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by Jacqueline Winspear
Harper, March 2017
352 pages
ISBN: 0062436600

Buy in the UK | Buy in Canada

Jacqueline Winspear's IN THIS GRAVE HOUR is the latest novel in her captivating Maisie Dobbs series. This book marks the thirteenth time readers will have encountered Maisie Dobbs, psychologist and investigator. From this character's humble beginnings through her experiences as a nurse in WWII, through her education, her successful career, her deeply felt romances and personal losses, the books follow her life's adventures and investigations. The first book begins after WWI, but includes information about Dobbs' early life and how she got to be who she is.

Maisie Dobbs is strong, insightful, fearless—and possessed of certain unique qualities not often found in detectives. We learn that her brilliant teacher, Maurice Blanche, had taught Maisie Dobbs to use her intuition as well as her more conscious faculties. She learned the value of meditation and following her breath, techniques she uses in pursuit of truth and as ways to maintain her own sense of self.

Now, with this latest book, we are at the start of WWII. Maisie Dobbs is approached by an old acquaintance, Dr. Francesca Thomas, who works covertly with the Belgian Embassy. Thomas wants Dobbs to investigate the death of a Belgian refugee from the first war. He was forced to kneel and was shot in the back of the head. The police, overwhelmed by preparations for war, have decided that it was a case of robbery gone wrong. But Thomas believes that this may not be the case, and that other murders may ensue.

Dobbs begins to investigate, and then another man, with a similar background, is found murdered in the same fashion. Meanwhile, all around her, London is preparing for war. Bomb shelters are built, barrage balloons fill the skies, and children are being evacuated from the city. A small girl who will not speak is billeted at Dobb's country home, and the mystery of who she is becomes another thread in this story. As Dobbs interviews relatives and friends of the murdered men, she discovers links to the past and to a terrible secret shared by a group of young men who fled the Germans.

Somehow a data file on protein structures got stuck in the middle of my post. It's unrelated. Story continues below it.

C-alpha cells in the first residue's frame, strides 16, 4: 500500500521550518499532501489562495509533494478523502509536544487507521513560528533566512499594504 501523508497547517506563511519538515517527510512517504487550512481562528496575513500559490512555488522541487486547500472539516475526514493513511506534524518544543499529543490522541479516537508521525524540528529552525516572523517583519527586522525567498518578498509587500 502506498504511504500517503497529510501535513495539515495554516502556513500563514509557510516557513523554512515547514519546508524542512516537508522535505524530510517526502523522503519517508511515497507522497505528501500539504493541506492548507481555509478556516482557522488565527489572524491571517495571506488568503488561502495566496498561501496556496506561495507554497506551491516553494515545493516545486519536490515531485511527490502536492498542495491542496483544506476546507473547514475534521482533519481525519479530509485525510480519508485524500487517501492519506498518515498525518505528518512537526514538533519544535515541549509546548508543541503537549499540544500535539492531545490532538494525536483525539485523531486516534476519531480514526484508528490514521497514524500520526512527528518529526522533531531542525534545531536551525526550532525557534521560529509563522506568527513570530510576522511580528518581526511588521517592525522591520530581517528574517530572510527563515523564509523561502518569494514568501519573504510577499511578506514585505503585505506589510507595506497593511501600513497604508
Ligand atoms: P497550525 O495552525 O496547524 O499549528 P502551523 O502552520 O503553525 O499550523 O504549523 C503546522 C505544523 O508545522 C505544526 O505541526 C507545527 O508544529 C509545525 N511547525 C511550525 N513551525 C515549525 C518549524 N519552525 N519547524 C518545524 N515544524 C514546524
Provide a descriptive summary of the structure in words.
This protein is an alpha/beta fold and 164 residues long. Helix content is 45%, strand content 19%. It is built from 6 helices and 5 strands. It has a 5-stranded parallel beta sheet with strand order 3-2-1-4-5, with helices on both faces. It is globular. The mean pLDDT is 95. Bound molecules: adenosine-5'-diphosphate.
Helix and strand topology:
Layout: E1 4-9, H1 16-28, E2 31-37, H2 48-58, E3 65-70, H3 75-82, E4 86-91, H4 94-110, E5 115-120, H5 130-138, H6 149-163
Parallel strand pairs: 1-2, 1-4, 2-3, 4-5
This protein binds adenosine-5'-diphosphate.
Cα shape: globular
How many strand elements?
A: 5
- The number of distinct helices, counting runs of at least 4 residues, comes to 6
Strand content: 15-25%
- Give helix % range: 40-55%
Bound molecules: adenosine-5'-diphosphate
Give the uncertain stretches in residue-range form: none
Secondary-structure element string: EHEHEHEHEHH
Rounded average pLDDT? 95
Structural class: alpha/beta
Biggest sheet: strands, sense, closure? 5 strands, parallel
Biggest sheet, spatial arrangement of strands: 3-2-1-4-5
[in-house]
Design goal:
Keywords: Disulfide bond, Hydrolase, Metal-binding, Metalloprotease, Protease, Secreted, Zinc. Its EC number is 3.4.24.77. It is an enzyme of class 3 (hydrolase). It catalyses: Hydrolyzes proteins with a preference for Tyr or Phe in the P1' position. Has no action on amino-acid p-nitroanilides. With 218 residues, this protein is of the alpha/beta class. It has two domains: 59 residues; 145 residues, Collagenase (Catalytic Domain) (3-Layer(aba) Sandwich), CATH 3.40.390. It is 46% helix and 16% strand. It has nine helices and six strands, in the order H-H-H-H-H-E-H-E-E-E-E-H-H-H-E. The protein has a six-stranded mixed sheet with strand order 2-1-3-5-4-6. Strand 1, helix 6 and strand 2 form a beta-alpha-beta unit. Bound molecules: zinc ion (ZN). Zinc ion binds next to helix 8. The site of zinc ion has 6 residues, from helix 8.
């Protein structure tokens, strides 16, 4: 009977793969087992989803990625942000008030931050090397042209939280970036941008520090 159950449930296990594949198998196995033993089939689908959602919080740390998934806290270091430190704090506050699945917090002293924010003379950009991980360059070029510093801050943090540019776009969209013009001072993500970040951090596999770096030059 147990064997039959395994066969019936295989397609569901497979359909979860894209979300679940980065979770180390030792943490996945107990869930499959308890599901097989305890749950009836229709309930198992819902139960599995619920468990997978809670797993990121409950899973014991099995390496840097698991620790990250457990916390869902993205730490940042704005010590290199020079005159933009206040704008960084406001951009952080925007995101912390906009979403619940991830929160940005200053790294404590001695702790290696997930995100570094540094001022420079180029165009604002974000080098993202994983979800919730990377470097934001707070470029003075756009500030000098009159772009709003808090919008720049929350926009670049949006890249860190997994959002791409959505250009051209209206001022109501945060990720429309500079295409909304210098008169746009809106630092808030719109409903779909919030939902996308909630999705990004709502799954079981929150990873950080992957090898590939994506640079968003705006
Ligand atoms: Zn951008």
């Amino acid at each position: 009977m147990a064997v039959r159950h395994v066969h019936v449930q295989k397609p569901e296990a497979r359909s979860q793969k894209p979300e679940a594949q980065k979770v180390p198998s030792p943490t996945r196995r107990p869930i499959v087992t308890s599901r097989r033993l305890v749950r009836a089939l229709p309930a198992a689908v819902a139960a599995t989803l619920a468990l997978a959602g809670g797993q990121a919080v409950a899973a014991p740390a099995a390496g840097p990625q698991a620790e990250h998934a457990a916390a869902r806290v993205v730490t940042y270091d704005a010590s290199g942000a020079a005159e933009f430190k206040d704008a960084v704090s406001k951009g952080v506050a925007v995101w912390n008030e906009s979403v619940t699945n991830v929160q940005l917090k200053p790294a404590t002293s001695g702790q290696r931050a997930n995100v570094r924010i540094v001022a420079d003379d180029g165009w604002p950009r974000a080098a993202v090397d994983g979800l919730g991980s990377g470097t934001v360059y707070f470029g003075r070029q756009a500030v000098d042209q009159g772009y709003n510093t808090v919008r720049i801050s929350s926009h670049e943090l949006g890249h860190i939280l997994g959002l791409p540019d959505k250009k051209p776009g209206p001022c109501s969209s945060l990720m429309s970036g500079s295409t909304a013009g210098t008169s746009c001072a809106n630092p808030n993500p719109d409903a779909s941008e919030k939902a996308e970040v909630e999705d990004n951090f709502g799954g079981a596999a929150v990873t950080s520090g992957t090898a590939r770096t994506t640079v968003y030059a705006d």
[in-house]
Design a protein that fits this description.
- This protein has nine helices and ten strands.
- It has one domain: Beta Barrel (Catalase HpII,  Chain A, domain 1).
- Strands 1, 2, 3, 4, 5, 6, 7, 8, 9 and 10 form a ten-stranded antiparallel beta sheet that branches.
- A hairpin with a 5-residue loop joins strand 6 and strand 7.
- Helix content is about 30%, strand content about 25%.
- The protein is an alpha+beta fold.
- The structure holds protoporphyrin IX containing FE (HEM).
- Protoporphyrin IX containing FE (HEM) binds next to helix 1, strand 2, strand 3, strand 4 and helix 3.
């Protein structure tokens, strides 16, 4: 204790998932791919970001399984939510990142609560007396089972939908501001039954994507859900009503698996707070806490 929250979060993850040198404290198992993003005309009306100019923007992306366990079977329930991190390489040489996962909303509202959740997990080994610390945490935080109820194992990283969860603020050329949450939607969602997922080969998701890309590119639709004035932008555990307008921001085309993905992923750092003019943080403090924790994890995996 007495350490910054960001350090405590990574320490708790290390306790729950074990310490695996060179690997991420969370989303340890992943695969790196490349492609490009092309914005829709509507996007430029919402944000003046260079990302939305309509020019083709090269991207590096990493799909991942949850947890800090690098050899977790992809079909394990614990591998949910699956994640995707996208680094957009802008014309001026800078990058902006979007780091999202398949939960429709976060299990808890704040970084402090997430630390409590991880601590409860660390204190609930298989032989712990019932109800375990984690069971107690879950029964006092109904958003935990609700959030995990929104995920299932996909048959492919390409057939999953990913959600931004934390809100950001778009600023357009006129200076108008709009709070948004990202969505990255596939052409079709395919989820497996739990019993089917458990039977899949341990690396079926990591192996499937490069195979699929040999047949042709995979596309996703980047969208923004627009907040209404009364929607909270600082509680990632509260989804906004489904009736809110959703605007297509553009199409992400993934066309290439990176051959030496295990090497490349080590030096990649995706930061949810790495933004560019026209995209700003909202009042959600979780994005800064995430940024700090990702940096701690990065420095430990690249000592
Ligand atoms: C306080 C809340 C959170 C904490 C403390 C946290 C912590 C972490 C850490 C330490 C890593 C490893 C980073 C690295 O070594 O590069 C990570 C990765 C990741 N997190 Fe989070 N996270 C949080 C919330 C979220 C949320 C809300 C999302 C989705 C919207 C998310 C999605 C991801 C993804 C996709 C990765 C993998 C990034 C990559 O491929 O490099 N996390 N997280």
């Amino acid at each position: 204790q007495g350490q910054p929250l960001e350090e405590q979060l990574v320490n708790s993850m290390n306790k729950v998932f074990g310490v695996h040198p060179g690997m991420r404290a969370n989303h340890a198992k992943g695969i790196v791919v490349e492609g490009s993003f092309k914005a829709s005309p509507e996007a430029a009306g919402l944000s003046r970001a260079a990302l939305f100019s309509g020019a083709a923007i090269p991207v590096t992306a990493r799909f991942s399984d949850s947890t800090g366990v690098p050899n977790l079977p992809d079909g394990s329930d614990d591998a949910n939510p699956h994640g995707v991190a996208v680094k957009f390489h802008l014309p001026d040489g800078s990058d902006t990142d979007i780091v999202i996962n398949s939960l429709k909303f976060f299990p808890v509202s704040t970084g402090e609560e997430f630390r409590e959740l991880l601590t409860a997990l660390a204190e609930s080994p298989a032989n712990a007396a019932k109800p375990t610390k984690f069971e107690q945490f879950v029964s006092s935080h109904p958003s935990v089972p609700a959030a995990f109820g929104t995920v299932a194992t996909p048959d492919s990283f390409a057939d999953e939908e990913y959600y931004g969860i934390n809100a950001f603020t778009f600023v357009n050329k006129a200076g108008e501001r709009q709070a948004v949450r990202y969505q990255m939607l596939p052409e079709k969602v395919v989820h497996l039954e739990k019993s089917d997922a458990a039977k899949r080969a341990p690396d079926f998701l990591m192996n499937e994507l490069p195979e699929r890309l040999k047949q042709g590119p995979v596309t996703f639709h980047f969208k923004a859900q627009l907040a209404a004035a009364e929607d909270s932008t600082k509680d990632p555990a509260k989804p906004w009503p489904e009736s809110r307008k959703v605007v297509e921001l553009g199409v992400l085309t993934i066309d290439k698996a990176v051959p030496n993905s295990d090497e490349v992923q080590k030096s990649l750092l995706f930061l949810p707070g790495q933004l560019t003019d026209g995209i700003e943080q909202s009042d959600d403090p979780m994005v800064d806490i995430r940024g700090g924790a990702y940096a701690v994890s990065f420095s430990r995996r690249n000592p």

Jacqueline Winspear is a master of period research, presenting us with details of the lives of people in the historical eras covered in her books. She shows us the aftermath of WWI, the years between the world wars when injured veterans were still dealing with the pain and debility of wounds and gas, and how the loss of loved ones affected a whole generation. She also includes specifics of life in Britain as WWII begins. Such a small thing as the necessity for everyone to carry a gas mask in a box hanging from a shoulder at all times helps give the reader a sense of the tangible presence of danger in ordinary life.

Although some exposition is necessary to understand who Maisie Dobbs is and what people and events mean to her, the author does not overpower us with retellings of the past. This book can be read alone, but will most certainly inspire readers to go back and discover the details of Maisie's life and the background of the characters who surround her. And after catching up with these previous books, I am sure that readers will join me in waiting impatiently for the 14th Maisie Dobbs.

§ Anne Corey is a writer, poet, teacher and botanical artist in New York's Hudson Valley.

Reviewed by Anne Corey, March 2017

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Contact: Yvonne Klein (ymk@reviewingtheevidence.com)

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